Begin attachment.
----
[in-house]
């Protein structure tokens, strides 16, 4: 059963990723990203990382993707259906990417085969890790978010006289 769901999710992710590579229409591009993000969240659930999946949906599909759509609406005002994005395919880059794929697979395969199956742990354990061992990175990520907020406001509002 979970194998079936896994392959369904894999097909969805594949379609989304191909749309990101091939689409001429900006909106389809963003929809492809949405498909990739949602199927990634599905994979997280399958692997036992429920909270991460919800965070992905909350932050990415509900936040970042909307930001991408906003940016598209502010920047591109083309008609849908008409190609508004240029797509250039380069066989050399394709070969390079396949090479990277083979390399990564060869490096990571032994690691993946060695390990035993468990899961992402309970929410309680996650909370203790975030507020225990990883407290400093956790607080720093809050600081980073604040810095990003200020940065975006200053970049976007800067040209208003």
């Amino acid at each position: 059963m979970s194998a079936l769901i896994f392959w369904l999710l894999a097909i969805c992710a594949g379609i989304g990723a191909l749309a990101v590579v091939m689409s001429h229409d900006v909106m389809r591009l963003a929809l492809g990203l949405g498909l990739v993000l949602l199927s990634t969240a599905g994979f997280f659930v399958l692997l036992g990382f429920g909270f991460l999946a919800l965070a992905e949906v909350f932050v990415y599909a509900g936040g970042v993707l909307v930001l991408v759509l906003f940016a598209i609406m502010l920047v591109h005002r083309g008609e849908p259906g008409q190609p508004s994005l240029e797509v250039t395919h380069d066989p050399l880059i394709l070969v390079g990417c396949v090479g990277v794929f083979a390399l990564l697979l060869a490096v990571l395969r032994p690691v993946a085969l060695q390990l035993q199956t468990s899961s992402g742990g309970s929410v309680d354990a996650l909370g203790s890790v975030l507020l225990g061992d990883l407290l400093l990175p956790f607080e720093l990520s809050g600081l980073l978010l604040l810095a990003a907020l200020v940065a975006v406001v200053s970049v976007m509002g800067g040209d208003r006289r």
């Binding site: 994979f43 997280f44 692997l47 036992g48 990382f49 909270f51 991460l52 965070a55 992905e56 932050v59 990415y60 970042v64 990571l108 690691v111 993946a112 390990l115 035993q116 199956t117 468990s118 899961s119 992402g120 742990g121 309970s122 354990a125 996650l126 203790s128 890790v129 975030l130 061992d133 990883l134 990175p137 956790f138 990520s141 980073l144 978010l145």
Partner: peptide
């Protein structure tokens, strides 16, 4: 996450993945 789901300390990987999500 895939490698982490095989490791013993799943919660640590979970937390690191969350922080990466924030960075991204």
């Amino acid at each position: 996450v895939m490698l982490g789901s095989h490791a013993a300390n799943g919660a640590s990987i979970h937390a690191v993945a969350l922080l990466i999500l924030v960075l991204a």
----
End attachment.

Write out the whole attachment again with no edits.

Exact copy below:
[in-house]
């Protein structure tokens, strides 16, 4: 059963990723990203990382993707259906990417085969890790978010006289 769901999710992710590579229409591009993000969240659930999946949906599909759509609406005002994005395919880059794929697979395969199956742990354990061992990175990520907020406001509002 979970194998079936896994392959369904894999097909969805594949379609989304191909749309990101091939689409001429900006909106389809963003929809492809949405498909990739949602199927990634599905994979997280399958692997036992429920909270991460919800965070992905909350932050990415509900936040970042909307930001991408906003940016598209502010920047591109083309008609849908008409190609508004240029797509250039380069066989050399394709070969390079396949090479990277083979390399990564060869490096990571032994690691993946060695390990035993468990899961992402309970929410309680996650909370203790975030507020225990990883407290400093956790607080720093809050600081980073604040810095990003200020940065975006200053970049976007800067040209208003």
């Amino acid at each position: 059963m979970s194998a079936l769901i896994f392959w369904l999710l894999a097909i969805c992710a594949g379609i989304g990723a191909l749309a990101v590579v091939m689409s001429h229409d900006v909106m389809r591009l963003a929809l492809g990203l949405g498909l990739v993000l949602l199927s990634t969240a599905g994979f997280f659930v399958l692997l036992g990382f429920g909270f991460l999946a919800l965070a992905e949906v909350f932050v990415y599909a509900g936040g970042v993707l909307v930001l991408v759509l906003f940016a598209i609406m502010l920047v591109h005002r083309g008609e849908p259906g008409q190609p508004s994005l240029e797509v250039t395919h380069d066989p050399l880059i394709l070969v390079g990417c396949v090479g990277v794929f083979a390399l990564l697979l060869a490096v990571l395969r032994p690691v993946a085969l060695q390990l035993q199956t468990s899961s992402g742990g309970s929410v309680d354990a996650l909370g203790s890790v975030l507020l225990g061992d990883l407290l400093l990175p956790f607080e720093l990520s809050g600081l980073l978010l604040l810095a990003a907020l200020v940065a975006v406001v200053s970049v976007m509002g800067g040209d208003r006289r």
């Binding site: 994979f43 997280f44 692997l47 036992g48 990382f49 909270f51 991460l52 965070a55 992905e56 932050v59 990415y60 970042v64 990571l108 690691v111 993946a112 390990l115 035993q116 199956t117 468990s118 899961s119 992402g120 742990g121 309970s122 354990a125 996650l126 203790s128 890790v129 975030l130 061992d133 990883l134 990175p137 956790f138 990520s141 980073l144 978010l145």
Partner: peptide
């Protein structure tokens, strides 16, 4: 996450993945 789901300390990987999500 895939490698982490095989490791013993799943919660640590979970937390690191969350922080990466924030960075991204």
């Amino acid at each position: 996450v895939m490698l982490g789901s095989h490791a013993a300390n799943g919660a640590s990987i979970h937390a690191v993945a969350l922080l990466i999500l924030v960075l991204a």